Place your strip on a flat surface with the short edges at the left and right or in landscape mode.
Step 2
Valley fold the bottom edge to meet the top edge. Crease well along the entire strip. Leave folded.
For a narrower strip, repeat this step, or if preferred, fold the top and bottom edges into the center and then fold the strip in half again.
Folding in this way will hide the raw edges of the paper and make your knot look nice and neat.
Step 3
Valley fold the strip in half by bringing the left, short edge over to meet the right edge.
Make a light crease to mark the middle of the strip and then unfold.
Step 4
Now valley fold the left short edge over to the right and diagonally down so the fold comes to rest  exactly on the center crease you made in the previous step.
The strip will now have one arm pointing straight down while the other arm will still be horizontal, pointing straight to the right.
There will be a diagonal edge forming the top left corner of the shape. The horizontal arm will be behind the vertical arm at this point.
Step 5
Next, lift the model up and holding it in your left hand, use your right hand to fold the horizontal strip on the right away from you and also downwards. This is a mountain fold.
You are aiming to bend the right arm of the strip so it folds backwards to also come to rest in a vertical position, just next to the left arm.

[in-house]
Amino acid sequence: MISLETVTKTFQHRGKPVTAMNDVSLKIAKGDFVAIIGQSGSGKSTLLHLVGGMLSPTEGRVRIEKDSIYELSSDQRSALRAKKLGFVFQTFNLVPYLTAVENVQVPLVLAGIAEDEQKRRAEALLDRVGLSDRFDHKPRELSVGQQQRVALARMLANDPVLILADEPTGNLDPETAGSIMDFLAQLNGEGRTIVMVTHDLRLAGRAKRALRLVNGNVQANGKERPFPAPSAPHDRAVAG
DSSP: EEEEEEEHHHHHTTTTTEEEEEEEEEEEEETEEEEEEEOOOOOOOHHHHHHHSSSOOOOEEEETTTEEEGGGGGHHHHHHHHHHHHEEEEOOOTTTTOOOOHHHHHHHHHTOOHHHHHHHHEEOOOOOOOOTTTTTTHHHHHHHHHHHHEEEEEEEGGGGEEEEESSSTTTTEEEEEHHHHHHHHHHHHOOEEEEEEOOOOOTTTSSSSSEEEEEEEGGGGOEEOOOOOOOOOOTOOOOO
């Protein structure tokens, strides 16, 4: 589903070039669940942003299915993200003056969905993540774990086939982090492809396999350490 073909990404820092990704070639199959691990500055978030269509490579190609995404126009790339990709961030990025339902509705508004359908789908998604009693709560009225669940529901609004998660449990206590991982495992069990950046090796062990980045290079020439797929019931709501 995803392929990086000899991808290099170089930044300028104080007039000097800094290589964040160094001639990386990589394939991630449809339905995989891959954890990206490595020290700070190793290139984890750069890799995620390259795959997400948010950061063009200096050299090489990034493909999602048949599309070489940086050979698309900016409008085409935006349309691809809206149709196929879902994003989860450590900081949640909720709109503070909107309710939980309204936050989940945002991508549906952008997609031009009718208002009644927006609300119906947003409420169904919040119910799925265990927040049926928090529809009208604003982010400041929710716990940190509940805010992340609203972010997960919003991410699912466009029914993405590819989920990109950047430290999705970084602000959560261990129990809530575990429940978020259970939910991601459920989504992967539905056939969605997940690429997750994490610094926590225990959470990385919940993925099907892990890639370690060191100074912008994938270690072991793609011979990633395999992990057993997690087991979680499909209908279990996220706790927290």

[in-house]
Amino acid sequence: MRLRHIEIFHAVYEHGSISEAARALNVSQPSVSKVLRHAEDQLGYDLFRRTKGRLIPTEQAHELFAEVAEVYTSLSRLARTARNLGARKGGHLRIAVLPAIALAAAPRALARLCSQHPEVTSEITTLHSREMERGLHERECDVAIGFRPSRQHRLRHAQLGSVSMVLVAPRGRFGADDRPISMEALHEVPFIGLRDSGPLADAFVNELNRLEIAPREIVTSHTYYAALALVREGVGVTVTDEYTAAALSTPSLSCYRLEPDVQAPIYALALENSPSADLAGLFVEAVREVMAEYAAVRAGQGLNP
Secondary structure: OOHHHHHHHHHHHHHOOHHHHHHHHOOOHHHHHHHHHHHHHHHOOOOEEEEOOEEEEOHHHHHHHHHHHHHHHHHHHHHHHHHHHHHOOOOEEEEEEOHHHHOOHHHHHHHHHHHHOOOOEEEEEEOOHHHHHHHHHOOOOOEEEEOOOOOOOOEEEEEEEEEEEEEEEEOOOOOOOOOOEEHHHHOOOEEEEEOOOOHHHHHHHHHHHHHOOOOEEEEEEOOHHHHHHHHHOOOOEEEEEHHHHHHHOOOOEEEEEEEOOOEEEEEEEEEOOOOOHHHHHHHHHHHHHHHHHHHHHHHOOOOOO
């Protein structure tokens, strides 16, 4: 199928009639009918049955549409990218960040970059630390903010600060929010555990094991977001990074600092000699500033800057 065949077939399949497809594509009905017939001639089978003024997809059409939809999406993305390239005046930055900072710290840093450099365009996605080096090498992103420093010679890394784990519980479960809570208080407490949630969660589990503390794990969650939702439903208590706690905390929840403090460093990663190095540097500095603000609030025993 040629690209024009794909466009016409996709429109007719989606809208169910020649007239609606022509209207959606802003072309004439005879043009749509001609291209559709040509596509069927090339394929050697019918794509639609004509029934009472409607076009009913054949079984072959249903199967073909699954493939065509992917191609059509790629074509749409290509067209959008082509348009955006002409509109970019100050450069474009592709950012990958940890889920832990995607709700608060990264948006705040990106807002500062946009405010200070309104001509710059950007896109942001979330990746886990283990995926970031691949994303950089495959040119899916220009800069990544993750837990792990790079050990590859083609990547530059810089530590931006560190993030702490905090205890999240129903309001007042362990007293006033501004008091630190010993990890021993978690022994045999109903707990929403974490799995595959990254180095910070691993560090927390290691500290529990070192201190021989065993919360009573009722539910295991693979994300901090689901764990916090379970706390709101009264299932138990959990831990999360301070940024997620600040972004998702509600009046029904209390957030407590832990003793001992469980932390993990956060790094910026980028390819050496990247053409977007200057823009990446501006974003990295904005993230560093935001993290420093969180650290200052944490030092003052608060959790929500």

If you have folded correctly, you will have a triangular point at the top of the model with two separate strips hanging straight down alongside each other. Notice that the triangle at the top has a smooth surface on the left and a smaller triangle part on the right.
Your two strips may be the same length at this point or the left one may be slightly longer than the right. As long as the strips are more or less the same length all is fine,.
Step 6
You will now once again move the lefthand strip that is in a vertical position upwards and to the right so that it comes to rest in a horizontal position.
To do this, take the left arm of the model and valley fold it upwards and to the right. The left edge of this arm should meet the bottom edge of the small triangle on the top right of the model.
Put in another way, fold over the left arm at an angle to the right, but making sure that the two top triangles are still completely visible.
The bottom edge of the 2 triangles  is your guide in this case.
Once this fold has been made, the top part of the model will look vaguely like a sailboat with the two top triangles being the sails and beneath them there will be a rectangle with its left side slanting sharply from top left to bottom right.
The right side of this rectangle has a straight edge.